Rather than copying a great slab of complicated legal language, I am putting here in plain English how and why I collect and store information about my clients, and what clients’ legal rights are regarding that information.
Obviously I need information about clients in order to help them! My therapy is tailored to the individual client, so I need to know details of the individual’s problems, needs, and goals. This information is stored securely and is only available to me.
As in all health professions, in hypnotherapy it is sometimes advisable to discuss cases with one or more other therapists in order to get a fresh view on the client’s problems and to share knowledge to help devise the best ways of helping clients. These discussions are called “supervision.” In my case, being a very experienced practitioner, my “supervisor” is not “in charge” of my work, he is a colleague of equal standing. During these discussions I do not reveal any details that could identify the client as an individual, so that confidentiality is maintained. My supervisor at present is Dr John Campbell-Beattie PhD.
If a client requests, I will write to their GP or to any other official person or office, in which case I will give the client a copy of the letter. Under certain circumstance I will insist on the client consulting their GP or other doctor before I commence therapy. This would happen if I suspected that the client had a condition requiring medical treatment or assessment.
The circumstances in which I would be legally or ethically required to breach confidentiality and reveal information to a third party with or without the client’s consent are as follows.
If the client disclosed that they intended committing a serious criminal offence, such as murder, grievous bodily harm, arson, kidnapping, or rape, or that they intended or had committed any offences against children. Other than that I do not record in writing any details of criminal offences that clients might have committed in the past.
If the client disclosed a serious and immediate plan to commit suicide or to do some other irreparable damage to themselves. In these cases I would assume that by telling me the client was hoping I would stop them.
If the client disclosed that they had been sexually abused by some person still living, and that person was still in a position to sexually abuse children or vulnerable adults (for instance, if they were now baby-sitting your nieces or nephews), then for the protection of those vulnerable persons I would need to agree with you that you would disclose your own experience to whoever looks after the people who are now in danger.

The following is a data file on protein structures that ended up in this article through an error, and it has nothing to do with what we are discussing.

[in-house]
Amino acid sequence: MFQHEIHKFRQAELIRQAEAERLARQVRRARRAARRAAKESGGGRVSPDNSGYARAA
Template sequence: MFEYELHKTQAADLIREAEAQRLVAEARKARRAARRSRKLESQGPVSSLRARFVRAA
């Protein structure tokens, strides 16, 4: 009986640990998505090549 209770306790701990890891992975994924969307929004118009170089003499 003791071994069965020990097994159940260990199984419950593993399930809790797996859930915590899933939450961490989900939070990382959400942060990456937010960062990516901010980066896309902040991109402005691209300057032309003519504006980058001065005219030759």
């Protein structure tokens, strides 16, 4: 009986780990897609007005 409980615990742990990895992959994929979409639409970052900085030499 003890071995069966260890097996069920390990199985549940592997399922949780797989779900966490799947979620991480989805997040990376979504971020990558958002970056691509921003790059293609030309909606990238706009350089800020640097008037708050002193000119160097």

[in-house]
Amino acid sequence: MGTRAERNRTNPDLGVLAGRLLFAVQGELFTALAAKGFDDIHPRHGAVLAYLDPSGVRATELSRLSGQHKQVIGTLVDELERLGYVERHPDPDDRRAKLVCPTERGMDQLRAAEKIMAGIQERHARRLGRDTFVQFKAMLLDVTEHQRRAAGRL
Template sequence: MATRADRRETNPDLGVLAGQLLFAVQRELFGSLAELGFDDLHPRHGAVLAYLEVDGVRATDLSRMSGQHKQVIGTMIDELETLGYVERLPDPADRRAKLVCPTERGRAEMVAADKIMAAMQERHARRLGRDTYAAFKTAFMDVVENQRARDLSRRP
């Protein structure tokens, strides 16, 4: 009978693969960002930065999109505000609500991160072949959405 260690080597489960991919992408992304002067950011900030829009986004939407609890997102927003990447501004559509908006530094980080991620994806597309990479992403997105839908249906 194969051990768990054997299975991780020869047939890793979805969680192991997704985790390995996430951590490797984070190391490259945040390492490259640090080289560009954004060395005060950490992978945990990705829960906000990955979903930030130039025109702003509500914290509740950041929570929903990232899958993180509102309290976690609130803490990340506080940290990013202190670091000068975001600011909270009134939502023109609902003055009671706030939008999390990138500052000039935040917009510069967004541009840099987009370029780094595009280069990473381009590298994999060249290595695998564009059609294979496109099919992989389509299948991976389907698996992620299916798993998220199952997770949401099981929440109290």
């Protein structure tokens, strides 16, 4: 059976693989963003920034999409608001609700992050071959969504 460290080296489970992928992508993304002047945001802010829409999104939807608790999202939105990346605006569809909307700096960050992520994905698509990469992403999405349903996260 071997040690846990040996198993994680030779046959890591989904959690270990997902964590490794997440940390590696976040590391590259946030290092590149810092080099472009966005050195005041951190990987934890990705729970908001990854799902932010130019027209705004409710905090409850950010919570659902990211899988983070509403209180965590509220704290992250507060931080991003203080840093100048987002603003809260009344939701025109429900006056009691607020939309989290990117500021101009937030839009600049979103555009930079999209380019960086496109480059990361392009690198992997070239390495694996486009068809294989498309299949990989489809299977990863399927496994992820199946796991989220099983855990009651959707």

Insurers advise that therapy professionals should retain client records for seven years after the end of therapy, or in the case of children, for seven years after they turn eighteen. After that records are securely destroyed.
Clients can see the records that I keep about them and can request that a note be added if they disagree with anything or wish to add anything to what I’ve written.
Relatives and friends of previous clients often come to me for therapy, having been recommended by their friends or relatives, however nothing will be disclosed to them about the person I’ve seen previously.
If clients have any specific wishes about how they prefer me to communicate with them, for instance if they don’t want me to phone them at home, then it is the client’s responsibility to inform me of their wishes. You should consider this carefully if, for instance, you are having therapy without the knowledge of your partner.
In the case of persons aged under eighteen, I require their parent or guardian to come to see me with the client to consent to this in person. After that meeting we can can discuss whether the parent or guardian still needs to be present on any subsequent visits. If the child or their parent or guardian wishes them to be present then I am always agreeable to that.